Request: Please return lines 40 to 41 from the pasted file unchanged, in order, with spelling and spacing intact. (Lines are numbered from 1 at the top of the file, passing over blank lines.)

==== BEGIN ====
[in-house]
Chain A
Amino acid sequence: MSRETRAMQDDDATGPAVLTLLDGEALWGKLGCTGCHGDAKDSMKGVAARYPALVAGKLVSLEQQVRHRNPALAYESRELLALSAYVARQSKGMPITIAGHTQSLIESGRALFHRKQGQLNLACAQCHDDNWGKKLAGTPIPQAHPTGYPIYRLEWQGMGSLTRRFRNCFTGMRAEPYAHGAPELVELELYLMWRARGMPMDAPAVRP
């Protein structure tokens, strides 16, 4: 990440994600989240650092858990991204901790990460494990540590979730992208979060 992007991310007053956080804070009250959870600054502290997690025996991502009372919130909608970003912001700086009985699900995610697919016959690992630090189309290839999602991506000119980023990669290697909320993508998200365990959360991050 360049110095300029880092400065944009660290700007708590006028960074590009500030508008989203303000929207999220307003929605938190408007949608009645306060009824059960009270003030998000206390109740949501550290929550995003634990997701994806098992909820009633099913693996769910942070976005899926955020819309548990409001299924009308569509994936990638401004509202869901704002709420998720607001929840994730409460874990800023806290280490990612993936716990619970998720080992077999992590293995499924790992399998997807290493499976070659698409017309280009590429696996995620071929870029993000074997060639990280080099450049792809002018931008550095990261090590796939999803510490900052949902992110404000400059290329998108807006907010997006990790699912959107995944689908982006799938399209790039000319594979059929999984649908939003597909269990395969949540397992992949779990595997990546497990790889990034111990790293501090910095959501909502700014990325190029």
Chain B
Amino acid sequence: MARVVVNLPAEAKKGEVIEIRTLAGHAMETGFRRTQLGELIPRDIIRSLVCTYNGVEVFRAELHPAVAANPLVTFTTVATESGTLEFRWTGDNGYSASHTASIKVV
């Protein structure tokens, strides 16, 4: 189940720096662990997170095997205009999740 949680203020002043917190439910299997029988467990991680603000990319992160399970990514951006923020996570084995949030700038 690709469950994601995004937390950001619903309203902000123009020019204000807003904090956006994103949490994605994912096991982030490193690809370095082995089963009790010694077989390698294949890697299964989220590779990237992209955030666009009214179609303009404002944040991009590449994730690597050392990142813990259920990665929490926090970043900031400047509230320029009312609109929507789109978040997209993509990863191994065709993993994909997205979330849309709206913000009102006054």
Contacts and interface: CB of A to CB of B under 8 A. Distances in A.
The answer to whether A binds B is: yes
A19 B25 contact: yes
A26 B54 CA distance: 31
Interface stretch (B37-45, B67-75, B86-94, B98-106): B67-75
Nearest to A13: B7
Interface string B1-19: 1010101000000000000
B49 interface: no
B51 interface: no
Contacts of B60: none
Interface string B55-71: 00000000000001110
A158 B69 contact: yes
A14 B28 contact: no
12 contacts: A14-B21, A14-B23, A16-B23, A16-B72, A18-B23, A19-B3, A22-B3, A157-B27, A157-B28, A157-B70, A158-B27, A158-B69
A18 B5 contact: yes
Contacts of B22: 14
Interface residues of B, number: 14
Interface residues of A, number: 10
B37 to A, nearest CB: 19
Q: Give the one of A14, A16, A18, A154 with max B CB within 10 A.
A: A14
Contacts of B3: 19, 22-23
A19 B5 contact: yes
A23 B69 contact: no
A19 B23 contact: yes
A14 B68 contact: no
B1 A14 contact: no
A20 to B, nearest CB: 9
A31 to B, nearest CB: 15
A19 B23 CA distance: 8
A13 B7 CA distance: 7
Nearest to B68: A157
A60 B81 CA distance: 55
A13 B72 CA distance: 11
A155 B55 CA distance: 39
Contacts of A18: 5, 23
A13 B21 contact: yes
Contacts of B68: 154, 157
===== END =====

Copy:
A60 B81 CA distance: 55
A13 B72 CA distance: 11